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Five Ways Your Book Can Support Your Business

How can your book support your business?

I looked at the page of type in front of me and sighed. My book was nearly finished but I still had no idea how I was going to get it published. I’d heard that it can take months, years, even, to land an agent, and that the journey to publication thereafter could be as long, if not longer. But, boy-oh-boy, if I could become a Genuine Published Author, I would be on the path to fortune and fame!

Wouldn’t I?

The reality has been nothing like what I foresaw in my dreams. I have indeed made it into the hallowed halls of traditional publication and I’m looking forward to seeing my fifth book take its place on my bookshelf later this year. It is something for which I am eternally grateful. But the advances I get from my publisher are modest, and, once the advances are paid back to the publisher, I am entitled to $2 for every copy of a book that sells.

A Canadian best-seller, in the traditional, non-Amazon sense, sells 5,000 copies. So, doing the math, 5,000 x $2 = $10,000. How quickly can we spend $10,000 disappear?! If you’re running a business, you know you can spend it pretty quickly!

The outlook for someone who is self-published is somewhat better, in that you pay all of your publishing costs up front ($3,000-$15,000, depending on a lot of factors) and then keep whatever money you make on sales (depending on how you’ve published, and with whom).

With either option,  you have marketing expenses.

So, what’s all the hype about becoming a published author? Aside from book sales itself, how do you make the investment in a book pay for itself…and more? Here are some ideas:

  1. Credibility. Nothing says “expert” like the fact that someone has written a book. From a marketing perspective, once you’ve written a book, you are signaling to potential clients and customers the fact that you are good at what you do and you have intelligent commentary to share about your field.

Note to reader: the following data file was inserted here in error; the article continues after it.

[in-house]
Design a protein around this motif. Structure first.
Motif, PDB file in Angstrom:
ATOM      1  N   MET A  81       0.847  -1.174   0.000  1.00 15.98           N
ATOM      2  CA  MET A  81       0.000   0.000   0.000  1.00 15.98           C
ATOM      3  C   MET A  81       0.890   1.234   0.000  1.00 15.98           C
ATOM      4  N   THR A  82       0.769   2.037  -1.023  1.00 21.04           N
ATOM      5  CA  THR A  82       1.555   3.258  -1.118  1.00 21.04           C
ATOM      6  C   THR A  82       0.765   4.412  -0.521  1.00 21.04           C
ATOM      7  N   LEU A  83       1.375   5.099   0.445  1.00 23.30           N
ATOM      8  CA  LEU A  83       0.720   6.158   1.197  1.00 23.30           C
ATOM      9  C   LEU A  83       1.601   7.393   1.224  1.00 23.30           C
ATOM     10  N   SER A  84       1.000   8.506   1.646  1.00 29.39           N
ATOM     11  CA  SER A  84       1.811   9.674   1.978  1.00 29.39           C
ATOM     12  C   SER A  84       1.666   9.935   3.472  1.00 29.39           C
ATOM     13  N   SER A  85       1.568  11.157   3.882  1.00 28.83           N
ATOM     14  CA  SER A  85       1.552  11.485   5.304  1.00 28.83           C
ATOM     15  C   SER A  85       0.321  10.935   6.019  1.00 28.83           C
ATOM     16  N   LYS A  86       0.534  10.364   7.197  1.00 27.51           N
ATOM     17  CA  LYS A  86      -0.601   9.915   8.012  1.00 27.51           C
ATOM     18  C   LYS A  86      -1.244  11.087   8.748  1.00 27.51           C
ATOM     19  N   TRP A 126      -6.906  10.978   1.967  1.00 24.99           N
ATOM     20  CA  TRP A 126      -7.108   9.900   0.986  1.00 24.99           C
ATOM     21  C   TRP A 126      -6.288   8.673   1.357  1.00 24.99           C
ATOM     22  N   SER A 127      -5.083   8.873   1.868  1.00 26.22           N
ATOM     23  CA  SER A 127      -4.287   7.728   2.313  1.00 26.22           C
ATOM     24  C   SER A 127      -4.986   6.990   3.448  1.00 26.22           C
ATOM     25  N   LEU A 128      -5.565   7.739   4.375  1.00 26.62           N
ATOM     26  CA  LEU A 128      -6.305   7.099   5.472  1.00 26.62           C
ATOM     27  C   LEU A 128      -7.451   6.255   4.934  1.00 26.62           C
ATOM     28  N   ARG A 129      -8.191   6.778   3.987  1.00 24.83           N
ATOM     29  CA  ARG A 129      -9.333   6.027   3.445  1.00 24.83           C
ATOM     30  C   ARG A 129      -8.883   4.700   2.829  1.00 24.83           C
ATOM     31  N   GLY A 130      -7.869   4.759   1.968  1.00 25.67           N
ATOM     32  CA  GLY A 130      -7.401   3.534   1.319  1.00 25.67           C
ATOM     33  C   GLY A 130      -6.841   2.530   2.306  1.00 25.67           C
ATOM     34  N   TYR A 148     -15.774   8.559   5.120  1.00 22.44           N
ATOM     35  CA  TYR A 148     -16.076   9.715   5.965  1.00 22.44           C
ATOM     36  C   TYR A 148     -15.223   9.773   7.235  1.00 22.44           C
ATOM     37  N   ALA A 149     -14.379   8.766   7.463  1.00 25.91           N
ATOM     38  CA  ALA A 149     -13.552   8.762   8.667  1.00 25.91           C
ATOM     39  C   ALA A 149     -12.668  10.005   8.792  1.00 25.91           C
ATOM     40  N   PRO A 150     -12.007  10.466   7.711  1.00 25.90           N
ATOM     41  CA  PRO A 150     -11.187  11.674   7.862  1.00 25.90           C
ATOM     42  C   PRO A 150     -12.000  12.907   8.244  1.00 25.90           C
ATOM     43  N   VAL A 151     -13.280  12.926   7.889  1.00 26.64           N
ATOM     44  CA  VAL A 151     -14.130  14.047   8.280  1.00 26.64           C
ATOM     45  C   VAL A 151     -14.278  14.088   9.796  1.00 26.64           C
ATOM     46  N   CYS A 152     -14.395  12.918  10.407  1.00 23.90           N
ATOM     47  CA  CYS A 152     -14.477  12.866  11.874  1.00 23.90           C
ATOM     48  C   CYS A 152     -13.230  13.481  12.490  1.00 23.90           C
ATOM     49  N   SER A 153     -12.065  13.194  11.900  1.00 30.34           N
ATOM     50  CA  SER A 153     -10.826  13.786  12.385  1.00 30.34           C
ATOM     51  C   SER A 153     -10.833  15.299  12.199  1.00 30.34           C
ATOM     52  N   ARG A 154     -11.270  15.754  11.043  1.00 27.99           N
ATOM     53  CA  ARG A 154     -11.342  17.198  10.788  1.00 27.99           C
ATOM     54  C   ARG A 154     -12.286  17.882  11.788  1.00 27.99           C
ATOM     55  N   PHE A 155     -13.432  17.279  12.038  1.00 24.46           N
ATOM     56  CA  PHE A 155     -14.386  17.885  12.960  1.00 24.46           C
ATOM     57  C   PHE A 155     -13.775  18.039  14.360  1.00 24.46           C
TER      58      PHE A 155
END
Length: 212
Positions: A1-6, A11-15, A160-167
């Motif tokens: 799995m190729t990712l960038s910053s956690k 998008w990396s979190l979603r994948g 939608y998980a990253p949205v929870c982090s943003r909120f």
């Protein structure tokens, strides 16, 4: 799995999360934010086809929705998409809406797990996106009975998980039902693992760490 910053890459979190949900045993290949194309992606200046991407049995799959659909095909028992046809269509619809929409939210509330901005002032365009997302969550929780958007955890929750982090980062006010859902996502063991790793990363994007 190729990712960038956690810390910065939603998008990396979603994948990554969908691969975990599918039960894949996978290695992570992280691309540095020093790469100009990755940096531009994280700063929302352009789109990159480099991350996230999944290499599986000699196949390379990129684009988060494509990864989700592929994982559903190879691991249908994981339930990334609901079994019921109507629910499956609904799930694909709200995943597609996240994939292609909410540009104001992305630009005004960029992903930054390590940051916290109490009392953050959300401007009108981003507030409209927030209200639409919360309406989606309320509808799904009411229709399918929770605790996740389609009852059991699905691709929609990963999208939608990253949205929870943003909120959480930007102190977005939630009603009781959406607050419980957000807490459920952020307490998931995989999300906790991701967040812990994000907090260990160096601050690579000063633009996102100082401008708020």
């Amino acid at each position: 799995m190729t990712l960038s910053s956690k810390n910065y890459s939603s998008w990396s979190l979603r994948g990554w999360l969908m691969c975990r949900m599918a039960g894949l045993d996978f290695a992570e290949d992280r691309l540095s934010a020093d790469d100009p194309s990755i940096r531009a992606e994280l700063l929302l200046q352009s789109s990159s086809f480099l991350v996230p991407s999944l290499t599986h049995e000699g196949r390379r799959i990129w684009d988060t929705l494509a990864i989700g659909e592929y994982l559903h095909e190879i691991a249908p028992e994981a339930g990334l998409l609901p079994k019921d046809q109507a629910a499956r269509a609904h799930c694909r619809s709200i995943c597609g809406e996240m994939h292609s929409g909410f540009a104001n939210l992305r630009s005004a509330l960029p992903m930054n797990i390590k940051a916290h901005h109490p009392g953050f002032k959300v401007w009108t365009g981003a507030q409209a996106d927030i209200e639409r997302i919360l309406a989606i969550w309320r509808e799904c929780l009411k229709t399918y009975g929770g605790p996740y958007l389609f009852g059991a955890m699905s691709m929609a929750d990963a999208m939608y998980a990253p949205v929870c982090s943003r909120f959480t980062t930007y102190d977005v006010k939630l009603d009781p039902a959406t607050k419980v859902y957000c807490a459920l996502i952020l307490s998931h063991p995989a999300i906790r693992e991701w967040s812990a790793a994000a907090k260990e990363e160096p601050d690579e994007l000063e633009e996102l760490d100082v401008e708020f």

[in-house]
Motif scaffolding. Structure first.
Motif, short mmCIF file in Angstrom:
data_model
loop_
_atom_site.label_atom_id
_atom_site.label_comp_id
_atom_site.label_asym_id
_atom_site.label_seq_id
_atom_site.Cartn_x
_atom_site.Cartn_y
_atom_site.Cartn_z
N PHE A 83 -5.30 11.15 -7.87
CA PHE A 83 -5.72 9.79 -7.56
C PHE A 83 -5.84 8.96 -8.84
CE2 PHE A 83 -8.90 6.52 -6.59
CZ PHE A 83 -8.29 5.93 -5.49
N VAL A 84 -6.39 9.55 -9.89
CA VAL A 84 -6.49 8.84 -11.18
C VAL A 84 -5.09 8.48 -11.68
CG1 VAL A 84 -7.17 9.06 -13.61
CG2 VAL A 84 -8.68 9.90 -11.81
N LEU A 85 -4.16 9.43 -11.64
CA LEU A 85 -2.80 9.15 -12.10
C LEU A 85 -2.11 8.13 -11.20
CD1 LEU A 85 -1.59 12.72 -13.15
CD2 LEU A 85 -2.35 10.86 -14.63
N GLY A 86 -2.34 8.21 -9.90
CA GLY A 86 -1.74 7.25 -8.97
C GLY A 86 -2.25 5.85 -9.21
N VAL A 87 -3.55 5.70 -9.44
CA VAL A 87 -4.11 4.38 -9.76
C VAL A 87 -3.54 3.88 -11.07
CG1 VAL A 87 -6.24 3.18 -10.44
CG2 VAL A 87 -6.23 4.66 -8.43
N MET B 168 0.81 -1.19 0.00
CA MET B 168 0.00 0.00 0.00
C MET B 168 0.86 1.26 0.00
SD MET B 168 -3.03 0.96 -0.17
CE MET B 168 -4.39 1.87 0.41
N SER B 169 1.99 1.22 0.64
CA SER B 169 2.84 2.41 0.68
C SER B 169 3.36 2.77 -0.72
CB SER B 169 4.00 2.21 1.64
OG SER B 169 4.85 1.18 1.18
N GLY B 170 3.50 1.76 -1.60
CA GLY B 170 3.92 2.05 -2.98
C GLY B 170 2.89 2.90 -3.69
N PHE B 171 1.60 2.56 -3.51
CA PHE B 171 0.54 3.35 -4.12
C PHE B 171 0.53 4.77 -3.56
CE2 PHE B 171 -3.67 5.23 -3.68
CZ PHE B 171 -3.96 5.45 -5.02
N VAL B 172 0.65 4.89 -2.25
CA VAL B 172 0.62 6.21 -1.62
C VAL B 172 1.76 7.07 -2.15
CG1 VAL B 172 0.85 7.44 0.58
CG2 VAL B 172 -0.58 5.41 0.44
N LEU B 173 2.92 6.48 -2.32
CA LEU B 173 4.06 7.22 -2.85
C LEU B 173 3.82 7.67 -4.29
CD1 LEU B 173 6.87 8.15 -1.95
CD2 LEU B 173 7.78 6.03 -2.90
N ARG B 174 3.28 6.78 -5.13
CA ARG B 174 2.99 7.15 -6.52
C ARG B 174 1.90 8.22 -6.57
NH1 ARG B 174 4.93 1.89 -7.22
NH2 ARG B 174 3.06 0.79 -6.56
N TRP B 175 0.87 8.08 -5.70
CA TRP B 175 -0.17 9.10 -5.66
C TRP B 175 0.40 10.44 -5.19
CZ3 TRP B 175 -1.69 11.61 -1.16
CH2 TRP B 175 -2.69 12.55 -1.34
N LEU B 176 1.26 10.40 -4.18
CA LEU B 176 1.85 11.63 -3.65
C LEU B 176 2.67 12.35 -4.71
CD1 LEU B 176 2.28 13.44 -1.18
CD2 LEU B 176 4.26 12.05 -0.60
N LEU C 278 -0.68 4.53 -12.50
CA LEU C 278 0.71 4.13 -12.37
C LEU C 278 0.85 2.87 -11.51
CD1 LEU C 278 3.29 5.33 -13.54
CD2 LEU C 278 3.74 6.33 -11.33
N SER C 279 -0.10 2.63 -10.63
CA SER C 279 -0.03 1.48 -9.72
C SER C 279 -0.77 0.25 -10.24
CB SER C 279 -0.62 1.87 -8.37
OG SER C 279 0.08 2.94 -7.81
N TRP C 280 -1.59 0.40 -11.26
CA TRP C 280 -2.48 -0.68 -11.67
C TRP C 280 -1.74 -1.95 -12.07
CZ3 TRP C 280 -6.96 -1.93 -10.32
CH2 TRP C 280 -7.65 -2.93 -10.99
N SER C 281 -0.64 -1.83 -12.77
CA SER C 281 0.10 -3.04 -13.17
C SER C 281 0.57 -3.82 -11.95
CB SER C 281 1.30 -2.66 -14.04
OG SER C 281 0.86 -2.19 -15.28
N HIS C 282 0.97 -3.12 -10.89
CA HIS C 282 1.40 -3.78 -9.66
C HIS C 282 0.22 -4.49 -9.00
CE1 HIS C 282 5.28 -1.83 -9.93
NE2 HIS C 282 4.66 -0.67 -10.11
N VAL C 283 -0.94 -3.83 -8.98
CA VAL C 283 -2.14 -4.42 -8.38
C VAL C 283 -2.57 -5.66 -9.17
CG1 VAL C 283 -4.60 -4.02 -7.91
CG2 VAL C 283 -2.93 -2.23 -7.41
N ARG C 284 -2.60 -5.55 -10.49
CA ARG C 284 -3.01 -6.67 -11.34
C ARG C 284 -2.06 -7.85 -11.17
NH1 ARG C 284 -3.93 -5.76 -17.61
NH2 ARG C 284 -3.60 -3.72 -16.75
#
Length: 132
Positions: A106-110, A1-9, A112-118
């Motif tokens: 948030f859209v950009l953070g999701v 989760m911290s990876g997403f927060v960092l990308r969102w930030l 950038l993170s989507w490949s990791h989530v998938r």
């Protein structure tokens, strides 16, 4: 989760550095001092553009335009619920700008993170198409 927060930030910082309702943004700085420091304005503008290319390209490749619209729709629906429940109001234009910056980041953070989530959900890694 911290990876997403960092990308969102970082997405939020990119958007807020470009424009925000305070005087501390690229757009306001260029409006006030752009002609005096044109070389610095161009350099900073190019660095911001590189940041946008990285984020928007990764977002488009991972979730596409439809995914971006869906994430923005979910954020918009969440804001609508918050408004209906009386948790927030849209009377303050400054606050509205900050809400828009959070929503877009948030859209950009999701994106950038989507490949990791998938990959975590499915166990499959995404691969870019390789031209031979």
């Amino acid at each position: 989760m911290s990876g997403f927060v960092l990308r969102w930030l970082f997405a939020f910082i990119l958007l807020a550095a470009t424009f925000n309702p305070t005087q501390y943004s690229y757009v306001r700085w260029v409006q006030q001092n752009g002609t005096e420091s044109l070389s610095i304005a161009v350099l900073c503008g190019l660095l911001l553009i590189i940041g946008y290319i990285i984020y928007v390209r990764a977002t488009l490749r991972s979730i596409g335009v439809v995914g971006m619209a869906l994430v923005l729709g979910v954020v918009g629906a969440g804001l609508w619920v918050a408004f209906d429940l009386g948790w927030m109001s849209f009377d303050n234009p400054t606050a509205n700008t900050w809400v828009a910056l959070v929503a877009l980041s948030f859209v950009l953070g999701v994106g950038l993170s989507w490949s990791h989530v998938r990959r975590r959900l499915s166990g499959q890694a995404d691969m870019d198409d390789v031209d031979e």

2. Getting speaking engagements. Organizations are more open to hiring speakers who have written a book than those who have not. Plus, the one-to-many conversation you can have as a speaker leverages your time and energy so that you have the opportunity to streamline your sales/marketing efforts.
  3. Back-of-the-room book sales. Once you are on the speaking circuit, if you have a book to sell you can capitalize on the goodwill you generate as a speaker and generate revenue through book sales. Traditionally-published authors have the opportunity to buy author copies of their book at a preferred rate, which enables them to sell at the retail price for a good profit. Since your speaking promotes your business as well as your books, it’s a win-win situation.
  4. Lead-generation for your product or service. Ideally, your business book should share some solid information about what you do and invite people to work with you. Some authors include in their book some links to helpful templates on their website; others simply invite people to work with them through a call to action either in every chapter or at the end of the book.
  5. Publicity for your business. Once you’ve written a book,  you can generate press interest through a publicity campaign that mentions your business name and includes a link to your website. Make sure you include any links to press articles about your book on your website, as well, so visitors to your site can see the evidence of your success.

It takes a lot of diligence to turn your book into a revenue-generator, and many of the authors I work with are not primarily motivated by the money.  But steady effort and ongoing commitment to the task pays off.


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